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In 'Leave Me,' a mother does the unthinkable: She leaves

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“Leave me” book cover
Gayle Forman's new novel "Leave me" tells the story of a working mother who reacts to having a by-pass after a heart attack by deserting her husband and children.
Courtesy Algonquin Books

In best-selling author Gayle Forman's new novel "Leave Me," a mother of 4-year-old twins does the unforgivable: One day, she just walks away from her family.  

  She has reasons, of course. Forman's looking for a particular audience to discuss those reasons when she reads from the novel in the Twin Cities on Thursday.

Her novel opens with an almost fatal misunderstanding.

 

"Maribeth Klein was working late, waiting to sign off on the final page proofs of the December issue, when she had a heart attack.

  Those first twinges in her chest, however, were more heaviness than a pain, and she did not immediately think heart. She thought indigestion, brought on by the plate of greasy Chinese food she'd eaten at her desk the hour before. She thought anxiety, brought on by the length of tomorrow's to-do list. She thought irritation, brought on by the conversation with her husband, Jason."

    Maribeth is stressed out. Like many working mothers, she's mummified in layers of responsibility. 

Gayle Forman
Author Gayle Forman is best known for her Young Adult books. However she says while her past books have featured younger protagonists, she has always had them dealing with issues of interest to her adult mind.
Courtesy Algonquin Books, Image c Stomping Ground Photo

    "And she manages, like so many mothers, the household as well," Forman said. "So she works all day, gets off early enough to get home for the kids, and then works a sort of second shift, and even kind of a third shift in terms of being the emotional caretaker of the family."  

  She has no time for a heart attack. But she ends up needing bypass surgery at 44. When she gets out of the cardiac unit she returns to the unchanged demands of children, husband and work.  

"That leads to her rather shocking decision to run away from her family," said Forman.  

She empties her bank account and drops off the grid. She leaves New York for Pittsburgh. She needs to escape the pressure.  

  And her health crisis has reawakened a question she has long ignored. Maribeth is adopted. She's never had an interest in finding her birth mother. But now she needs to know if there's a history of heart disease in her family. And, given what she's just done, she begins wondering about her own mother's motives in giving her up.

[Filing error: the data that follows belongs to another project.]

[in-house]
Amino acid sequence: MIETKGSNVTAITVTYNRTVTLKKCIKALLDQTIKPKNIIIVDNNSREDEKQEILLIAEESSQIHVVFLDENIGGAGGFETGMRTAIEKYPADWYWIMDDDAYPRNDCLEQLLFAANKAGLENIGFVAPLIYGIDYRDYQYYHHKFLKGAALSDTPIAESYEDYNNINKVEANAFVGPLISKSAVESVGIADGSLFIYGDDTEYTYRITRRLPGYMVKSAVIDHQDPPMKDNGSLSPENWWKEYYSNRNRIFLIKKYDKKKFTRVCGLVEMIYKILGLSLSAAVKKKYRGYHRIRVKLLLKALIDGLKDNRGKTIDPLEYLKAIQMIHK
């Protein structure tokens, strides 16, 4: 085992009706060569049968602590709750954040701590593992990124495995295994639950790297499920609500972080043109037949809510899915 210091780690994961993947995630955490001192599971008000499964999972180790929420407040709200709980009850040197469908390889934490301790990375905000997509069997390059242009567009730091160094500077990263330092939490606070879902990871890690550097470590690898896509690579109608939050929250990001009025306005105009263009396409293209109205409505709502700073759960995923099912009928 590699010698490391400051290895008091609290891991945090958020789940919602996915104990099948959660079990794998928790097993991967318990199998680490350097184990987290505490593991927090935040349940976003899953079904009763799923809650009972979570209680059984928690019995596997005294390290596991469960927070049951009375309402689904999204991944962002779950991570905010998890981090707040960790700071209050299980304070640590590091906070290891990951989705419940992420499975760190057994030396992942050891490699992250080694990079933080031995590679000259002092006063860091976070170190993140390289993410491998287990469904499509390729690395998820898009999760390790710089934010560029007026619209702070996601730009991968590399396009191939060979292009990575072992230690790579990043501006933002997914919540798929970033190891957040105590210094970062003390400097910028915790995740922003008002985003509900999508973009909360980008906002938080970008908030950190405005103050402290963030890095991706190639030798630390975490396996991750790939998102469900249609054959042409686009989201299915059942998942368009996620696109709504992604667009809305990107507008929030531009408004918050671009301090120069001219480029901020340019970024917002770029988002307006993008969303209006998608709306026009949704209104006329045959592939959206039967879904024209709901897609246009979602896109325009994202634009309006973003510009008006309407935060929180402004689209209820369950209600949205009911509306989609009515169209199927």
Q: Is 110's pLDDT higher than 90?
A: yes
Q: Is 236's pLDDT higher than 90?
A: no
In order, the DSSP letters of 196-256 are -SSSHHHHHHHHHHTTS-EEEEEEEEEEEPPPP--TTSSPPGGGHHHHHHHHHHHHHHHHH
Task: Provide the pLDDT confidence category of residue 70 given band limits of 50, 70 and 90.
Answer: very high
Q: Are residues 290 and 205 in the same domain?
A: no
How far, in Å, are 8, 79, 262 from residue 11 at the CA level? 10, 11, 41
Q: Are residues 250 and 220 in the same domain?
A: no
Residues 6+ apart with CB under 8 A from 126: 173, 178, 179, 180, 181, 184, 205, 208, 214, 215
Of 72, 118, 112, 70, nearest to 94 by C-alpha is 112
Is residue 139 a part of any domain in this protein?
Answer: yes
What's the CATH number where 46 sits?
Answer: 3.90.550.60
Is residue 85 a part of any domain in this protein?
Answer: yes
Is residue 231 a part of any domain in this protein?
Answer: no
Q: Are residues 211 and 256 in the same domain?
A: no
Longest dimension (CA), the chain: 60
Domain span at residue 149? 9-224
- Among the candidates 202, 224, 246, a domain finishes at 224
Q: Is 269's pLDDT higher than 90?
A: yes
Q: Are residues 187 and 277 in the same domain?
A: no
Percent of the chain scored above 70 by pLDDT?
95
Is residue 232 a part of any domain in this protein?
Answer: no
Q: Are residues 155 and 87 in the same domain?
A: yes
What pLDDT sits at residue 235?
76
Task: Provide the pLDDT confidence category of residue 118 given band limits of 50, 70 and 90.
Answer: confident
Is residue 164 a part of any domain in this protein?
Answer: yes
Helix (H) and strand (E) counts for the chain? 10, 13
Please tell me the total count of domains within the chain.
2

Much of "Leave Me" is based on Forman's own experiences. It began with a family trip about five years ago.

    It was "this beautiful, idyllic vacation, except there was me up in a guest bedroom Googling 'heart attack symptoms'," she remembered.   

  Forman's mother had her first bypass at 48. Doctors put it down to genetic bad luck. Forman feared she was next in line. It turned out she wasn't having a heart attack. Yet the fear of what might happen to her, and her family, stuck around. She says she thought about writing the story then. She laughs when she describes it as a revenge fantasy.    

"But eventually, after I found out it wasn't my heart, the idea cooled," she said. "But it came back after a couple of years with that same premise and with similar but also different ideas I wanted to explore."  

  She began writing. But here's the thing: Gayle Forman is famed for writing Young Adult novels. Her book "If I Stay," about an injured teenager hovering between life and death, was a bestseller. It became a popular movie in 2014.    

While her books have featured young protagonists, she said, they deal with issues she's examining with an adult mind.  

  "Until now, it's always been these younger characters that have come to drive the bus," she said. "There was really no way to do that in a story about marriage and motherhood, so it was time to turn to people my own age."  

  Stories about fathers deserting their families are relatively common. Society condemns mothers who leave as having committed an unforgivable sin. Yet Forman says as she talked to women about the idea of just walking away, she discovered it was an almost universal fantasy.  

  "And the way they told me this, it was like a confession, and they were looking around as if the mom police were going to get them," she said. "And yet it was so universal. But it's so taboo that even fantasizing about going away for a day or two is something that women feel guilty about."    

Which is why Forman is doing a huge book tour. At a time when money-conscious publishers are reluctant to send out writers to more than a few events, Forman's appearance at the Edina Barnes and Noble at 7 p.m. Thursday is the 12th stop on a 33-city tour. While she's happy to see her YA fans, she's on the road to meet her new readers. She wants to talk to the mothers.

    "I know what a big ask it is to ask women to kind of come out to see me and talk to me," she said. "It's been less like your typical book reading and perhaps a little bit of a consciousness-raising session, because there is so much shame around our feelings of exhaustion. As if it's mutually exclusive that we love our children and want to run away."

    Forman said it's a huge issue about which everyone should be talking.